It's a dilemma Buffalo Sabres fans aren't new to, but it's certainly one that could be hotly debated from now through mid-October.
What should they do with Sam Reinhart this year?
While on the surface it seems like an easy decision for Sabres general manager Tim Murray and his colleagues, it truly is anything but for a team with two feet in its rebuilding process.
There are a number of different factors that will go into this decision, but there are three main considerations for the organization. Reinhart comes with huge expectations, especially after being named NHL.com's fourth-ranked prospect earlier this week, but he is a part of the future, which is clearly not this season for the Sabres.
The first and probably the easiest to answer is whether Reinhart is too good to return to the Kootenay Ice of the Western Hockey League.
This is an important consideration because of the agreement in place between the CHL, which includes the WHL, and the NHL, which essentially prohibits 18- and 19-year-old CHL prospects from playing in the American Hockey League.
That means Reinhart will be in Kootenay or in Buffalo.
And the reality is that he is likely too good for juniors.
In his third full season in the WHL, Reinhart scored 105 points in 60 games, which was good for fourth in the league. If it weren't for the fact that he is a shoe-in for the Canadian World Junior roster if he stays in juniors, he'd likely be a favorite to top the league in scoring this year.
But is going back to a league where he has been so dominant good for his development? That's the question Murray needs to ponder as training camp inches closer.
If Murray believes Reinhart can benefit in any way from staying with Kootenay, it seems reasonable, especially given the struggles the Sabres will have on the ice this year, that he'd want him there. But scoring two points a game against players that he is leaps and bounds better than will likely not give Reinhart the step forward he'll need to make the Sabres a Stanley Cup contender.
Essentially, the Sabres are trying to avoid the Mikhail Grigorenko situation from playing out again. Grigorenko was in a similar spot in that he was close to being too good to stay with Quebec of the QMJHL, but in his second season in North America, he wasn't ready for the NHL either.
But can Reinhart play in the NHL this season?
That is probably the most obvious, and most important, factor that will go into this decision. And while you cannot really know the answer until Reinhart suits up, there is some relevant recent history to help guide the debate.
The most striking example was Jonathan Drouin, drafted third overall by the Tampa Bay Lightning in 2013. The Lightning shocked pretty much everyone when they decided to send Drouin back to Halifax of the QMJHL last year after a preseason of everyone fawning over the potential of him playing with Steven Stamkos.
Drouin made the most of his return to juniors, scoring a ridiculous 108 points in his 46 games with Halifax and adding a strong showing for Team Canada in the World Junior Championships.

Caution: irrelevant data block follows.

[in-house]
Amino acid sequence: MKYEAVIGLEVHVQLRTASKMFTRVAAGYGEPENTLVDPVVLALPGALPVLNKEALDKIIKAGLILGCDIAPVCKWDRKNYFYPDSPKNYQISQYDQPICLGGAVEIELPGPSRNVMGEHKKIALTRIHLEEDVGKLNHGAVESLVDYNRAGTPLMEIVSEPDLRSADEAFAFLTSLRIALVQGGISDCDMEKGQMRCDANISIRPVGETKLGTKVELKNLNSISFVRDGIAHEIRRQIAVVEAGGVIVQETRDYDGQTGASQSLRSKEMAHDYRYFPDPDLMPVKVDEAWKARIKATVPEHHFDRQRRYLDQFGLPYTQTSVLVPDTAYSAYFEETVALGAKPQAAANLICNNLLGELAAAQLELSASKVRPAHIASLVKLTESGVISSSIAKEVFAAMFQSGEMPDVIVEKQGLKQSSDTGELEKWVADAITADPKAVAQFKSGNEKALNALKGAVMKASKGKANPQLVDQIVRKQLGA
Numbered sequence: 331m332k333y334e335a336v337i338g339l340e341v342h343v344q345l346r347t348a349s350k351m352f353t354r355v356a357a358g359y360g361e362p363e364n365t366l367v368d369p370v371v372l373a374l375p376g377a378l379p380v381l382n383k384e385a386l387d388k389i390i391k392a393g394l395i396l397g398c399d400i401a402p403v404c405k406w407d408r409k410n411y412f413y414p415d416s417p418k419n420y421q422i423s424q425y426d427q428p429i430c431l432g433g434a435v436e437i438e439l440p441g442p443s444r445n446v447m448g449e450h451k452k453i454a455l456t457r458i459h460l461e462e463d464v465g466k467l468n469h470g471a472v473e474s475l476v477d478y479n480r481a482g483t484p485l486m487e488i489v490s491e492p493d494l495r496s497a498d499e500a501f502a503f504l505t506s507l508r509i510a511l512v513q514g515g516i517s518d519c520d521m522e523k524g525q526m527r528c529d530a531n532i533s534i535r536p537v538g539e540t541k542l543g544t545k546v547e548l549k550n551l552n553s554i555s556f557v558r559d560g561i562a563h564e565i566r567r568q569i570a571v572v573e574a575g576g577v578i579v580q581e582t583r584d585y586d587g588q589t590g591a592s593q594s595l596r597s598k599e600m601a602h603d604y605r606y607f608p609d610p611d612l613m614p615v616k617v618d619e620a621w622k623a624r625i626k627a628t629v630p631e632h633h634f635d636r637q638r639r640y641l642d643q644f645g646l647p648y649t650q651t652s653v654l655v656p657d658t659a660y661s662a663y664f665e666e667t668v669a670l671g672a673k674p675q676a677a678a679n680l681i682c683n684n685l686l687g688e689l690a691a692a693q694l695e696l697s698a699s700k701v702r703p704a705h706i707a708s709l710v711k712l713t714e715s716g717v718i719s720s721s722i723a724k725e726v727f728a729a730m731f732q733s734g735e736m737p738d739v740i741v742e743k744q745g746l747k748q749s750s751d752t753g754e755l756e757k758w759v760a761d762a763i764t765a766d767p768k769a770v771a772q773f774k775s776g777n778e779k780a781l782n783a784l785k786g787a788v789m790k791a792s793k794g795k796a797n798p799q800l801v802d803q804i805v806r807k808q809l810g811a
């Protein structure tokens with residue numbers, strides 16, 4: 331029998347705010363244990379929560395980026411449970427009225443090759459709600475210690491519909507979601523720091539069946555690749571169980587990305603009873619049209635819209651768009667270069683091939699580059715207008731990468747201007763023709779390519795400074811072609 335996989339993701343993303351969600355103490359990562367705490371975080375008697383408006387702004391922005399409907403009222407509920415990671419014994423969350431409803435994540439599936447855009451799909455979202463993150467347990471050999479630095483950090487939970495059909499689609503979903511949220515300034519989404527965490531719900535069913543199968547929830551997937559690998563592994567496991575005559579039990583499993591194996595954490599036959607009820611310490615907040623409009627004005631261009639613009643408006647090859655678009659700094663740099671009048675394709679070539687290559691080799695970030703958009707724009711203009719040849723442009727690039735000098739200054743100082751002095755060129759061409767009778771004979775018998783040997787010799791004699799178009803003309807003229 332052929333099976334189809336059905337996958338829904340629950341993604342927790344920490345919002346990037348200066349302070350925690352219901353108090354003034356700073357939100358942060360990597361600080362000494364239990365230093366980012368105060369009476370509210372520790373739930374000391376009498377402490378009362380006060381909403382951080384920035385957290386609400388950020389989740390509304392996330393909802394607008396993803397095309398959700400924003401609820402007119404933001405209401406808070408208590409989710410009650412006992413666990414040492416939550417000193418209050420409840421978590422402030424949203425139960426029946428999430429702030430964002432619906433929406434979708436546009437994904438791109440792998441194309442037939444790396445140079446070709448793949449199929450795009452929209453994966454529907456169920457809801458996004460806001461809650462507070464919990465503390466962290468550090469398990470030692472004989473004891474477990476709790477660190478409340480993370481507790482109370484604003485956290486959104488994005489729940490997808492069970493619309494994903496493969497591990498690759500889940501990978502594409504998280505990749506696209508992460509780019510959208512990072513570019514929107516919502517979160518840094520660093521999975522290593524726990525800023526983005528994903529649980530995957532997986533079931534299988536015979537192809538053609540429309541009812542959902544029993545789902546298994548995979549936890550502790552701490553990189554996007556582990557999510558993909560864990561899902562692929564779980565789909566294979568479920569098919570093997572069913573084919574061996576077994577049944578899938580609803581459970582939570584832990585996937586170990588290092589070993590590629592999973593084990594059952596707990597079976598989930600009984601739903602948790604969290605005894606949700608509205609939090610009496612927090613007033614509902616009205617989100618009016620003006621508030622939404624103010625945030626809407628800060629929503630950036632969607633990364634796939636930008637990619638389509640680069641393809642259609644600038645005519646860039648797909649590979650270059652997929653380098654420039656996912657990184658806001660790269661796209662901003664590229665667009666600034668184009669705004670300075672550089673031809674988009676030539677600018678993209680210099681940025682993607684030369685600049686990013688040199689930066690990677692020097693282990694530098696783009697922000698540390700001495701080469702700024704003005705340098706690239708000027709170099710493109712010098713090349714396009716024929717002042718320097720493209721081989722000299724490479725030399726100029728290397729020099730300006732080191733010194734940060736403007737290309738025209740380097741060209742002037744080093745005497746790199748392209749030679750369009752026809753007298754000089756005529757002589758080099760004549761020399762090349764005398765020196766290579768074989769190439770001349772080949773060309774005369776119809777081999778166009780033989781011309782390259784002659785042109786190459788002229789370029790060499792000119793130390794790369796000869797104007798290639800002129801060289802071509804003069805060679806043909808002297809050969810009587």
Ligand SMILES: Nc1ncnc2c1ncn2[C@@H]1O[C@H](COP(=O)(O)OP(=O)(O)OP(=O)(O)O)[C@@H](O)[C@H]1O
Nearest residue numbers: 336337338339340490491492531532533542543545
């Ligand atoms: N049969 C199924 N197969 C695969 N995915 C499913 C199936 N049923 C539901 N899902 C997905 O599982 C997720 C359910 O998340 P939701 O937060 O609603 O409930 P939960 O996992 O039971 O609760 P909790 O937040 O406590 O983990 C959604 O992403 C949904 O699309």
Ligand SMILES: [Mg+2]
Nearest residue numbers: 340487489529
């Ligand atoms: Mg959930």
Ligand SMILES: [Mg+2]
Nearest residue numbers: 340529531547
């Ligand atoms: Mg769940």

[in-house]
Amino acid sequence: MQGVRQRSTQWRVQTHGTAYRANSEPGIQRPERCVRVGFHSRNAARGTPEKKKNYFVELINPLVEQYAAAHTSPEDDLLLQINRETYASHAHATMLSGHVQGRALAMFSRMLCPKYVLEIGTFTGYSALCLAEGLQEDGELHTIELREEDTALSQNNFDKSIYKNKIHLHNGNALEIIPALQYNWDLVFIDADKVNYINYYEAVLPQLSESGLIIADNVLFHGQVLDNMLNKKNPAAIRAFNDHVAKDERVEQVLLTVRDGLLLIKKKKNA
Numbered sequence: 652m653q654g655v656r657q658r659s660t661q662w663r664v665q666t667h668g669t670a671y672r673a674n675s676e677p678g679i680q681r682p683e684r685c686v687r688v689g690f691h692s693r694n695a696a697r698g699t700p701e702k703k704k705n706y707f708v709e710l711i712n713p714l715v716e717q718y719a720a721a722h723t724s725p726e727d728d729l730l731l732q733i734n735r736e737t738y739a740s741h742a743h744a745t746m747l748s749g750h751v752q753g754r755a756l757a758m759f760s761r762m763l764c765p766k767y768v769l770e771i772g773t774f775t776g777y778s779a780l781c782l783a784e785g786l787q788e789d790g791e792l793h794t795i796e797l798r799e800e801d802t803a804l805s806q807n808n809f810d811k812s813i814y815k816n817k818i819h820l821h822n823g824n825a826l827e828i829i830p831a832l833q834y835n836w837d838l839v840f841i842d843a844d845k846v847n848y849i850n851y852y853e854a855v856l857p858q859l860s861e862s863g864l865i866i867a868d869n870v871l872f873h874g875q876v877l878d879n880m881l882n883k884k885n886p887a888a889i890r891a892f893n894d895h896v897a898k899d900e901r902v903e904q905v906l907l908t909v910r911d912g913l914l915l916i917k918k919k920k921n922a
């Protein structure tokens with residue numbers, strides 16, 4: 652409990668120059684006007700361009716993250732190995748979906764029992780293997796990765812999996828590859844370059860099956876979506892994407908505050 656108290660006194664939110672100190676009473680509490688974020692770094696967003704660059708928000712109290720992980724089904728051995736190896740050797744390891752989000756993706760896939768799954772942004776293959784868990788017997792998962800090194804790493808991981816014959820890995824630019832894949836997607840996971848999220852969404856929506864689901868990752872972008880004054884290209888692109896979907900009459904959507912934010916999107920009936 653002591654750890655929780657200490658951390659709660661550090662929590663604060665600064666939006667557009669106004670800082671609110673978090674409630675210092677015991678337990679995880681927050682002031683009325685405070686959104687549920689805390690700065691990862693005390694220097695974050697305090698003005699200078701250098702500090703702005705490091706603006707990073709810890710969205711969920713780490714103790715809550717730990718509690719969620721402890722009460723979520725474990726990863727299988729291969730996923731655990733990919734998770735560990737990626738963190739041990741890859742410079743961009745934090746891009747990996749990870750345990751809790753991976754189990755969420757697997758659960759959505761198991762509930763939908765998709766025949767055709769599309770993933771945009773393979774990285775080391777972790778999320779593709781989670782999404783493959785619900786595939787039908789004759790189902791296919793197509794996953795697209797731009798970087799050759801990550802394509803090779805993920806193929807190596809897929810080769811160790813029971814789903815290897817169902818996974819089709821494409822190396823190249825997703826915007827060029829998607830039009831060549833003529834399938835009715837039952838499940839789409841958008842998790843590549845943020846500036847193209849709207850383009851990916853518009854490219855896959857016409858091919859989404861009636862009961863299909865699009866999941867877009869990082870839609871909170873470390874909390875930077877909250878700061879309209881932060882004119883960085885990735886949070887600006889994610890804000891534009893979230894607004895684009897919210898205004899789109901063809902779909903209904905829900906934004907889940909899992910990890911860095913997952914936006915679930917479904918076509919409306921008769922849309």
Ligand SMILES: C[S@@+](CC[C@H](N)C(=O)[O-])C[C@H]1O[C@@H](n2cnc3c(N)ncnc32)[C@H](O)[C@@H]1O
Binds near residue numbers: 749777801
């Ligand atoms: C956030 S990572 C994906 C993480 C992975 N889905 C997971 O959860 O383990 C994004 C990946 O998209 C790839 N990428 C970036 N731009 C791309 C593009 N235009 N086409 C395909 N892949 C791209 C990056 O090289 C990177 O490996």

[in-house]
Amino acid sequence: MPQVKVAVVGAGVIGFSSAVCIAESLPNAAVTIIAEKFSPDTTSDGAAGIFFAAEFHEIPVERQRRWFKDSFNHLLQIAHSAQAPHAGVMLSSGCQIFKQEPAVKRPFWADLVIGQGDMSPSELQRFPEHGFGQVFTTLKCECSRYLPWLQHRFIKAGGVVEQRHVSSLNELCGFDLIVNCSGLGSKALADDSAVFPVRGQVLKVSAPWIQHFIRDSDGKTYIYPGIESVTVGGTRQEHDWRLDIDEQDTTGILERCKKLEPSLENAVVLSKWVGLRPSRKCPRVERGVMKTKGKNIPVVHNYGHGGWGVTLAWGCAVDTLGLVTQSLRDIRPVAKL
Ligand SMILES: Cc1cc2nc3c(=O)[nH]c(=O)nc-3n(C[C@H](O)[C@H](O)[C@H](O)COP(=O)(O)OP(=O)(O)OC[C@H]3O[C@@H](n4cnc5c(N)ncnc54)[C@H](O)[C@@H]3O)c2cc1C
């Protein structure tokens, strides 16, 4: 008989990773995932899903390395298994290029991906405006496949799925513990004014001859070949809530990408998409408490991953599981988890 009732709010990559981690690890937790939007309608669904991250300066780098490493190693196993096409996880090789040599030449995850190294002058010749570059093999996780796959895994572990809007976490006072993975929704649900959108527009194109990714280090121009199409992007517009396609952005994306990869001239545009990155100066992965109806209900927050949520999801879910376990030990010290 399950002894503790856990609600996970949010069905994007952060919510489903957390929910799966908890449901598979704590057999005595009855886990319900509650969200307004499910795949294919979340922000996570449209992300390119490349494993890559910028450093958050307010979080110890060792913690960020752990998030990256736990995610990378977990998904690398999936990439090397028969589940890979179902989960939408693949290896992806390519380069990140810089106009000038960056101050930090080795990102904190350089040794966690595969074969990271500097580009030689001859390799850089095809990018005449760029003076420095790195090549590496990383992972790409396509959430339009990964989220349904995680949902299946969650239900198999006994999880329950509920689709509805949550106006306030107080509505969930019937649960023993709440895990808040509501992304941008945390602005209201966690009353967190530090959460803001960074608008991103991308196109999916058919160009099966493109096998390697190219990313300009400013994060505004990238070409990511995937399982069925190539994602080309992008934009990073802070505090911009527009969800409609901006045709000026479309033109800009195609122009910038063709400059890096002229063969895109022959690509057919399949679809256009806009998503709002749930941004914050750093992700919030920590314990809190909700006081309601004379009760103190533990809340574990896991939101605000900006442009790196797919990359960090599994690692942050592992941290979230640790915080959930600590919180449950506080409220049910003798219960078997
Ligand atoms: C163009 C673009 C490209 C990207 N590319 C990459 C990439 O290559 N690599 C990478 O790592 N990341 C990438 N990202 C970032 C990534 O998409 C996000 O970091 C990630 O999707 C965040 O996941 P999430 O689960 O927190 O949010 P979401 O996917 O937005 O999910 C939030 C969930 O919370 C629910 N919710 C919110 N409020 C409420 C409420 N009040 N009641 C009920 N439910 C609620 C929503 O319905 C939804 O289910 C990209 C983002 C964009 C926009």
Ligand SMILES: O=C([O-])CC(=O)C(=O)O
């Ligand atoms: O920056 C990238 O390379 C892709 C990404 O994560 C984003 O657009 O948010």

Drouin's former Halifax teammate Nathan MacKinnon, the first overall pick in 2013, stuck with the Colorado Avalanche last season and started off slowly, but he finished the season tied for Colorado's playoff scoring lead.
MacKinnon has the ability to be a point-per-game player as early as this season if his development progresses at the level many believe it will.
Two very talented players, two very different teams for the 2013-14 season.
So where does Reinhart fit?
He's an excellent puck handler and likely has the hockey IQ to keep up in the NHL, but his skating and his strength may hold him back to start. Let's not skate around the fact that Reinhart will likely be an excellent player in the league for a long time, but if MacKinnon struggled a bit to start, he definitely can, too.
So, seeing Reinhart is likely too good for the WHL but unlikely to be able to play top-six minutes to start, how does Murray decide?
A third factor that has gone a bit under the radar may ultimately be the deciding one: Reinhart's contract.
While there's a great argument in regards to Grigorenko and his development, the biggest issue the Sabres face with the young pivot is the fact that he is a restricted free agent after this season. While he has not contributed much at the NHL level, he is still an NHL lottery pick, and those negotiations will likely be interesting, to say the least.
On a rebuilding team, the ability to push off Reinhart's contract negotiations for another year could be very appealing, especially given his presence is not going to make or break the team this year.
What it comes down to is Murray doesn't have the external pressures to play Reinhart for anything more than his nine-game tryout period this season like former Sabres GM Darcy Regier had with Grigorenko. Murray can make the decision that makes the most sense moving forward, and with Reinhart's skill level likely being above that of the WHL but potentially not a top-six NHL forward to start the season, his sliding contract could play a huge part in the decision.
Regardless, Sabres fans will see Reinhart in a Sabres uniform this season, it's just a matter of whether it's for nine or 82 games.
Also, Reinhart will play in the Traverse City Prospects Tournament starting Friday in Michigan with other Sabres top prospects. Check out the schedule here.